We have had the good fortune to work on a considerable number of architecturally exciting homes, and this Auckland house is no exception. Designed by Stevens Lawson Architects, it bears the influence of the work of several New Zealand architects from the 1960s and 1970s, notable amongst which are Peter Beaven and John Scott. One of the most interesting challenges associated with designing gardens for progressive buildings is bedding them back into the context of the neighbourhood in which they are situated.
In this case, one factor towards achieving this was the range of elements that we utilised within the garden, most of which reflect our interest in New Zealand’s ‘everyday’ landscape culture. These include drystone walls, a steel post-and-wire fence that we designed especially for the garden, and the simple steel fence and gate that we designed for the pedestrian entrance to the house (shown in an image lower down in this profile).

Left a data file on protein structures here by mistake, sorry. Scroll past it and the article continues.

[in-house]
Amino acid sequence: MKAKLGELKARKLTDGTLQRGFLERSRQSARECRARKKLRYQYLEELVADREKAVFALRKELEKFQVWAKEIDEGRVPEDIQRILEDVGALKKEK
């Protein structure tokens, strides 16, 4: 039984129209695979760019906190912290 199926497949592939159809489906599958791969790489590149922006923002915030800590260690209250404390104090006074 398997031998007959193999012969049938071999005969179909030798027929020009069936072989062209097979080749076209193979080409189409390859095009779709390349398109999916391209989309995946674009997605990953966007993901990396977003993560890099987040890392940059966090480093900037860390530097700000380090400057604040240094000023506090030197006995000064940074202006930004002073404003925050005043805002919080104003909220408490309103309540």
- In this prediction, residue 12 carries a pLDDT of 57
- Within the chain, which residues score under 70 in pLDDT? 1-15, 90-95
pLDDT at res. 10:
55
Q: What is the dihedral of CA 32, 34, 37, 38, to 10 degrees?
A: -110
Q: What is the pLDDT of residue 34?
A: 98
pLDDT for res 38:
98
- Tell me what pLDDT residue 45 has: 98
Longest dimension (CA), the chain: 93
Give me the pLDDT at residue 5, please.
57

Our approach to designing the house’s entry was guided by two main factors. The first of these was our desire to create some sense of progression within a relatively short space. The second was the influence of the kind of simple steel designs and unpretentious stonework often exhibited within mid-century works of architecture (for this job, we researched the work of the Bauhaus-trained architect/designer, Marcel Breuer, in particular).
We set about achieving a sense of progression through the transition from limestone paving to a concrete path/stairs, and back to limestone paving. The limestone that we used for the paving is the same material utilised in the drystone walls, selected from a quarry near Port Waikato (within an hour and a half of central Auckland).